Written by Gillian Turner for the American College of Healthcare Sciences
What is Impostor Syndrome?
Impostor syndrome (noun): “A psychological condition that is characterized by persistent doubt concerning one’s abilities or accomplishments accompanied by the fear of being exposed as a fraud despite evidence of one’s ongoing success.” 
A person with impostor syndrome may feel:
- Like they are a failure despite proven success
- Like they are a fraud and it’s only a matter of time until someone notices
- Like they are unable to recognize their own accomplishments
Anyone can feel this way, and I have seen that some new wellness practitioners experience it as they are starting their own businesses. They have the skillset and the knowledge; they just have yet to gain the confidence.
During my time at ACHS, I have spoken with many ACHS students and graduates about their experiences graduating from college, starting their jobs, and owning their skills. So if you are feeling any self-doubt, I want you to know that you definitely aren’t alone! And just like they did, you can overcome any obstacles in your path and shine like you are meant to.
Here are some of the ways that you can work to overcome impostor syndrome and have confidence in yourself:
- Focus on your strengths and on the skills you learned in school. What were your best subjects? Focusing on what you know best can help to build your confidence. If you studied at ACHS, you might have taken our stress management courses which are also a great resource.
- Allow yourself to fail and try again without giving up completely. Oftentimes if we make a mistake it can be discouraging and we want to give up on our goals. A way to build your skills and confidence is to see it as a learning experience and try again. Over time you will learn that a small setback doesn’t mean a permanent failure.
- Recognize that you aren’t alone and that many people feel this way. When we see people showing only their best on social media, it can be hard to believe that they have gone through many struggles of their own and have probably been on quite a journey to get to where they are today. Realizing that other people may have the same struggles as you, no matter how perfect they seem, can help you to feel less alone.
- Write positive affirmations and speak kind words to yourself. This may sound cheesy, but it can be really helpful for many people. It might feel awkward at first, but over time, it can help build up your inner confidence and help you believe in yourself.
Always remember that life is a learning process, no one else is as perfect as they look on the outside, and if you believe in yourself, things can only get better from here! If you are an ACHS student or alumni looking for any career advice or resources, don’t hesitate to reach out to our Director of Alumni and Career Services Amy Swinehart at firstname.lastname@example.org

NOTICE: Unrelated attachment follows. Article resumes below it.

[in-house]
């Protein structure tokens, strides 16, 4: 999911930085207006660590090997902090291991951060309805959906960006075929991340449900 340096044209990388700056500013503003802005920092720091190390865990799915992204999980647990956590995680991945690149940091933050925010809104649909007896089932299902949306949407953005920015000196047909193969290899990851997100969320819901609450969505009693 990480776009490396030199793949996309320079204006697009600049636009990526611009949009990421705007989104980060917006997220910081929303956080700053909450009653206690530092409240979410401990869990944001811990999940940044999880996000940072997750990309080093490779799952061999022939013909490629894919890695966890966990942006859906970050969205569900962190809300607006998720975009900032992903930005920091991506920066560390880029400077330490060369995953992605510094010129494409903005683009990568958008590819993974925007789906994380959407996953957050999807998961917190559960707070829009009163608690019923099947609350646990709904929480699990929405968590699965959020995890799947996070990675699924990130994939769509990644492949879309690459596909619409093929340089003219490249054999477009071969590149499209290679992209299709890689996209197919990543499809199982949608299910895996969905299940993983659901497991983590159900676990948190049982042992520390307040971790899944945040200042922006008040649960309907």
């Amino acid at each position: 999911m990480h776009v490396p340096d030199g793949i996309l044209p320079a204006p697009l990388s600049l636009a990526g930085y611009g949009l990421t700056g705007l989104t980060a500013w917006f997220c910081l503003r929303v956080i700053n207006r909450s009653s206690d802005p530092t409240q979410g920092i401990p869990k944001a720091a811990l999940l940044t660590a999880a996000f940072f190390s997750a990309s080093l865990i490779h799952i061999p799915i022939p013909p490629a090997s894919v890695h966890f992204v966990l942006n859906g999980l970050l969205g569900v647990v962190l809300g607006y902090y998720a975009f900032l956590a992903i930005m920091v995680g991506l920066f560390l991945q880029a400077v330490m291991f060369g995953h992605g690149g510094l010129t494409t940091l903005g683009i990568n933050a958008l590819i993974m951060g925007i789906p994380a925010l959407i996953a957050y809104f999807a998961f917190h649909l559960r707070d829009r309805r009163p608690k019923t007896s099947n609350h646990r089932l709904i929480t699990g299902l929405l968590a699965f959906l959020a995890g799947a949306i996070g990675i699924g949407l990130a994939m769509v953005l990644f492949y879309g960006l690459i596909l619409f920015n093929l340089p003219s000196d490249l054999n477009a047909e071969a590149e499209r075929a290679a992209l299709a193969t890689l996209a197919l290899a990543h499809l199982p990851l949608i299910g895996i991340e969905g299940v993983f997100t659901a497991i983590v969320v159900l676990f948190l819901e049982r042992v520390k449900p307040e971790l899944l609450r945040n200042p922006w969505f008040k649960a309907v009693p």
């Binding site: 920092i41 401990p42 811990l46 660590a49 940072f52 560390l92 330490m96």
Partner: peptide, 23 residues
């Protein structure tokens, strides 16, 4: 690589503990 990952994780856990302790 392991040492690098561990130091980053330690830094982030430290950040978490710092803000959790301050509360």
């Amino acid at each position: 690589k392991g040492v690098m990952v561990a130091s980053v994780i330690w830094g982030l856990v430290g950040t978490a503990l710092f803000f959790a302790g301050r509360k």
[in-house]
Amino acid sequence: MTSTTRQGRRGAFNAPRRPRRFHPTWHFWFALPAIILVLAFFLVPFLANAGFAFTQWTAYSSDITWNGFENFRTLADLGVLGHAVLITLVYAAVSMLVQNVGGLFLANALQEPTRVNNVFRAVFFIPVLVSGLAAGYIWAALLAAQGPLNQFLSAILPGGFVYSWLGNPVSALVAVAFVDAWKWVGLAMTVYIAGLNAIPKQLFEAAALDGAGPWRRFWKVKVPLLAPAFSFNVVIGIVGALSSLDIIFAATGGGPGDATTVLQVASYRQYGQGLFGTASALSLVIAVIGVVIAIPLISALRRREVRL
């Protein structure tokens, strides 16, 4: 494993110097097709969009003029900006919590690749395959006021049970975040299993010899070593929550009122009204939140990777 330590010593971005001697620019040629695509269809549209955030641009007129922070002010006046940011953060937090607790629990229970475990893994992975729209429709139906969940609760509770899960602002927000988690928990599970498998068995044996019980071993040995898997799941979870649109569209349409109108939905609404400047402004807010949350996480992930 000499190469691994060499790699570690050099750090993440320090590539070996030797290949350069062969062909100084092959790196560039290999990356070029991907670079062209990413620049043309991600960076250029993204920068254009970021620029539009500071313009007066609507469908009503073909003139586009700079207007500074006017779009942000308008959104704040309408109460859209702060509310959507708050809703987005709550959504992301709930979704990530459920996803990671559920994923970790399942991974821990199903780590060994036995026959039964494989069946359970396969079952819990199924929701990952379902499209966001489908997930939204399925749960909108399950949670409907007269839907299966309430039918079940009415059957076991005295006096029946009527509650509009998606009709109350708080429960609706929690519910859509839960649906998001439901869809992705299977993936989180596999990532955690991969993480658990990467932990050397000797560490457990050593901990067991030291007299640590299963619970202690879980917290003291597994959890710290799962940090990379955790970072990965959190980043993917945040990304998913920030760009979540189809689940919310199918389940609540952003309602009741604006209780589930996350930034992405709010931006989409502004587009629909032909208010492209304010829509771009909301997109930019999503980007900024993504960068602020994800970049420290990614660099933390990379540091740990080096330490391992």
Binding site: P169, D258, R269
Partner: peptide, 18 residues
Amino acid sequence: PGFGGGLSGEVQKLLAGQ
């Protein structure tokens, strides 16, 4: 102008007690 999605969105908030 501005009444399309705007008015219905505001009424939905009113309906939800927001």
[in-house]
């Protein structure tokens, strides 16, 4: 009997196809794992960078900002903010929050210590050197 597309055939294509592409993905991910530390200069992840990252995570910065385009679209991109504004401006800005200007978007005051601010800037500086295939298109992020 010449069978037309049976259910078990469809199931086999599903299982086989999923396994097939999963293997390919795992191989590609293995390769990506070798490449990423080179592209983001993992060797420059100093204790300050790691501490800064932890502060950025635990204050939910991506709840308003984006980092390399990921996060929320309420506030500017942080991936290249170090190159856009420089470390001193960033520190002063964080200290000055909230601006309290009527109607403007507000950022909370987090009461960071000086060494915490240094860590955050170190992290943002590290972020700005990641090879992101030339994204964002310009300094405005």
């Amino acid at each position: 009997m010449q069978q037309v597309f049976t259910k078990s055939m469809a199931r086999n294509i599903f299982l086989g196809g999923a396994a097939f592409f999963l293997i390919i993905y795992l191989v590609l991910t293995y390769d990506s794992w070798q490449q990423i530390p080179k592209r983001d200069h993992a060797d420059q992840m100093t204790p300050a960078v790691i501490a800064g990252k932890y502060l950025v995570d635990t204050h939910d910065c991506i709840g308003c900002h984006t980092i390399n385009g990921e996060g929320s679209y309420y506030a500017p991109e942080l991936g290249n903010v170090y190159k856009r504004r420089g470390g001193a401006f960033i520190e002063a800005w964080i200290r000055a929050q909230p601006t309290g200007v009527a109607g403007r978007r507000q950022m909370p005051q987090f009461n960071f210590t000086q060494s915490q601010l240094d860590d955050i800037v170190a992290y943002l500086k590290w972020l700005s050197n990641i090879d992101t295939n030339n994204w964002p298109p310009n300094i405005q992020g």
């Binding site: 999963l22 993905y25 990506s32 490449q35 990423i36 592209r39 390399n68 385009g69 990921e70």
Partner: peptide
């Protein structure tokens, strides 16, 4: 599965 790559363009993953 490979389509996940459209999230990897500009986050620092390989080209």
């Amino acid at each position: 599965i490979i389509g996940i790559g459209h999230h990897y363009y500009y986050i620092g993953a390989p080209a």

Impostor syndrome. (n.d.). Retrieved April 14, 2021, from https://www.merriam-webster.com/dictionary/impostor%20syndrome
 Bravata, D., Watts, S., Keefer, A., Madhusudhan, D., Taylor, K., Clark, D., . . . Hagg, H. (n.d.). Prevalence, predictors, and treatment of impostor syndrome: A systematic review. Retrieved April 14, 2021, from https://www.ncbi.nlm.nih.gov/pmc/articles/PMC7174434/
Disclosure of Material Connection: I am the social media & PR specialist for the American College of Healthcare Sciences, the Institution that publishes this blog. However, all opinions are my own. This blog may contain affiliate links. I am disclosing this in accordance with the Federal Trade Commission’s 16 CFR, Part 255: “Guides Concerning the Use of Endorsements and Testimonials in Advertising.”
Disclaimer: This article is for informational purposes only. It is not intended to treat, diagnose, cure, or prevent disease. This article has not been reviewed by the FDA. Always consult with your primary care physician or naturopathic doctor before making any significant changes to your health and wellness routine.
About American College of Healthcare Sciences
American College founded in 1978, is a fully online accredited institute of higher education specializing in holistic health. Based in Portland, OR; our goal is to make research-driven and science-based holistic health education taught by industry-leading experts accessible to anyone anywhere while still giving students a hands-on experiential learning experience like a traditional college and a strong sense of community, school pride and student bond.
This commitment to our students and graduates reflects in our current survey results that reflect 98% of our students would recommend ACHS to a friend or family member.
We believe education is the most powerful tool for changing an individual and the world around us.
When a person enrolls as ACHS, it is vitally important that they graduate with tools they need to forge their own holistic and sustainable missions, build up their communities confidently and changing the face of healthcare with knowledge.